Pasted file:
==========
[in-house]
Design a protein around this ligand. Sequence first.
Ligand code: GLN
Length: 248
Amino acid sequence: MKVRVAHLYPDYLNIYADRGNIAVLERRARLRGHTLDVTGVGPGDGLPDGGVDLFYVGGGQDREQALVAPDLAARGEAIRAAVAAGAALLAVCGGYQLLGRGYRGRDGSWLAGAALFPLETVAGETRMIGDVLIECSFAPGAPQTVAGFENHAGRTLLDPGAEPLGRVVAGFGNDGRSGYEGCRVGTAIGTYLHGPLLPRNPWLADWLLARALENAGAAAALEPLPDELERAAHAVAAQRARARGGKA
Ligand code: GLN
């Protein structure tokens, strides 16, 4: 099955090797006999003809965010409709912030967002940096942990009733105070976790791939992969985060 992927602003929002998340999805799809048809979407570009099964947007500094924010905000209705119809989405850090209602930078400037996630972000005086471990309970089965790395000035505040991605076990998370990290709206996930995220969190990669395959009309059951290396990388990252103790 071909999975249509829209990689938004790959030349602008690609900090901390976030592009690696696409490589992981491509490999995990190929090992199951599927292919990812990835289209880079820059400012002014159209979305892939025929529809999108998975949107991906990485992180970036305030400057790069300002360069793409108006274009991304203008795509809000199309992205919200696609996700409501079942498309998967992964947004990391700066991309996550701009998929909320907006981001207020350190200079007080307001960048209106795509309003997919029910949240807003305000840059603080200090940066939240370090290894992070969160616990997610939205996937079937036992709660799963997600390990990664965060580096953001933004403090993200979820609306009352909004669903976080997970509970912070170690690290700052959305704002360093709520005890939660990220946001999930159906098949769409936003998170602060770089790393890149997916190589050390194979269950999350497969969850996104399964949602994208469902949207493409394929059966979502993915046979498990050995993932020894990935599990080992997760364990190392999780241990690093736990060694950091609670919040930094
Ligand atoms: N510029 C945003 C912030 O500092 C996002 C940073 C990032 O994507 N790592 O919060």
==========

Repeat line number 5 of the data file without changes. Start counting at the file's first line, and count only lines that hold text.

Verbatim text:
Amino acid sequence: MKVRVAHLYPDYLNIYADRGNIAVLERRARLRGHTLDVTGVGPGDGLPDGGVDLFYVGGGQDREQALVAPDLAARGEAIRAAVAAGAALLAVCGGYQLLGRGYRGRDGSWLAGAALFPLETVAGETRMIGDVLIECSFAPGAPQTVAGFENHAGRTLLDPGAEPLGRVVAGFGNDGRSGYEGCRVGTAIGTYLHGPLLPRNPWLADWLLARALENAGAAAALEPLPDELERAAHAVAAQRARARGGKA